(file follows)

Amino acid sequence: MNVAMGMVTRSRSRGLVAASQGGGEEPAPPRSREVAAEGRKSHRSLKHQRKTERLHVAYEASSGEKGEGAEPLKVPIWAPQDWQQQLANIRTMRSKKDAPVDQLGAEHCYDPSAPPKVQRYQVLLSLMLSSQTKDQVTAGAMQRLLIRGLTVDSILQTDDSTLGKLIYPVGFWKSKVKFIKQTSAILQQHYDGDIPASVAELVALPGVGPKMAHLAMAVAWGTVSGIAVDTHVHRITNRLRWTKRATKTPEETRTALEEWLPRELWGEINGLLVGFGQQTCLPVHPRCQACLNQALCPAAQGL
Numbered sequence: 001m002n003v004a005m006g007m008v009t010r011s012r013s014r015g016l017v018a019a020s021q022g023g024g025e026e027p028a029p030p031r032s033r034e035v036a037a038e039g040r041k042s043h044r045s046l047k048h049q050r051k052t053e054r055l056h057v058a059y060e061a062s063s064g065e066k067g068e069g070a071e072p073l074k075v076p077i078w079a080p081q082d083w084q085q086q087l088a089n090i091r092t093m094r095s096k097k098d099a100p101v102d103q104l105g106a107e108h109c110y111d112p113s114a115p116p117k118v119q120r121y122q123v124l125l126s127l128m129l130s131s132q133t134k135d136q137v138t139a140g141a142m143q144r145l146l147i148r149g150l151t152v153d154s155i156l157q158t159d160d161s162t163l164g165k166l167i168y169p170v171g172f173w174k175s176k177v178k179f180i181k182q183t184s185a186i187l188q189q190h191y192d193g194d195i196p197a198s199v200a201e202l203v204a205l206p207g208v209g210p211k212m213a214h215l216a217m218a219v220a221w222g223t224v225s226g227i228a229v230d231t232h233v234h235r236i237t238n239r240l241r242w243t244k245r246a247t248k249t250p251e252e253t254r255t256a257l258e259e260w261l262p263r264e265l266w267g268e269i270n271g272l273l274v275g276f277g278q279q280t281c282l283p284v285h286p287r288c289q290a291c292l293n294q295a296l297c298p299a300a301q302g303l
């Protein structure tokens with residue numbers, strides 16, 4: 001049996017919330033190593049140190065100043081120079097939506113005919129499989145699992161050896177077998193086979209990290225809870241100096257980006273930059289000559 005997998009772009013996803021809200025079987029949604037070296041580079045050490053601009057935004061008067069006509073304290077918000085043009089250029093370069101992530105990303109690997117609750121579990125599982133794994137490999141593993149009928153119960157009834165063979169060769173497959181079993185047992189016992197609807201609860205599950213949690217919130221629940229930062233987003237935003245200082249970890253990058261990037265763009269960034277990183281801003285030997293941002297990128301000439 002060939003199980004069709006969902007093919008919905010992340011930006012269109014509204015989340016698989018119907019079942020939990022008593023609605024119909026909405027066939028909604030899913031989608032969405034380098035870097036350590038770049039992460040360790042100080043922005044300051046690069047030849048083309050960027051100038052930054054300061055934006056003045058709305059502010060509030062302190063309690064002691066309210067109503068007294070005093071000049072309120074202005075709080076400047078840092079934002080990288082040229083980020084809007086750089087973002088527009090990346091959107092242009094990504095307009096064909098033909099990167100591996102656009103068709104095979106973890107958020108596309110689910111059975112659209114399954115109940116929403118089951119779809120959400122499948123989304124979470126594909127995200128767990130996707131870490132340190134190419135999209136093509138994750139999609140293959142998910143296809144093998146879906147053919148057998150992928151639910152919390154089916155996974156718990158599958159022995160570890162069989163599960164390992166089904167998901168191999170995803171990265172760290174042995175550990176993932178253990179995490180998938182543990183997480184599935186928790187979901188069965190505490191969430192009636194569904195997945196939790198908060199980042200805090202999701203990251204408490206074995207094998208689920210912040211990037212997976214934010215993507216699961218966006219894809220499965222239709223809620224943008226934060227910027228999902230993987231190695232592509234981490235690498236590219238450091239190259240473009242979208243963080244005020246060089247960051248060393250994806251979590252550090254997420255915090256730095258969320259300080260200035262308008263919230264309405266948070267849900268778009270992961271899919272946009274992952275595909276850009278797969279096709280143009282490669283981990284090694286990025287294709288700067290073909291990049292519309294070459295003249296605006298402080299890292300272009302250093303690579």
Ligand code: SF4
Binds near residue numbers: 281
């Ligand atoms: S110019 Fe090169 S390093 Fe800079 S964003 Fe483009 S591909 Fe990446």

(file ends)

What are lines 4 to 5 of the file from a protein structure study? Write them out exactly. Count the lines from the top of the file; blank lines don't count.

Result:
Ligand code: SF4
Binds near residue numbers: 281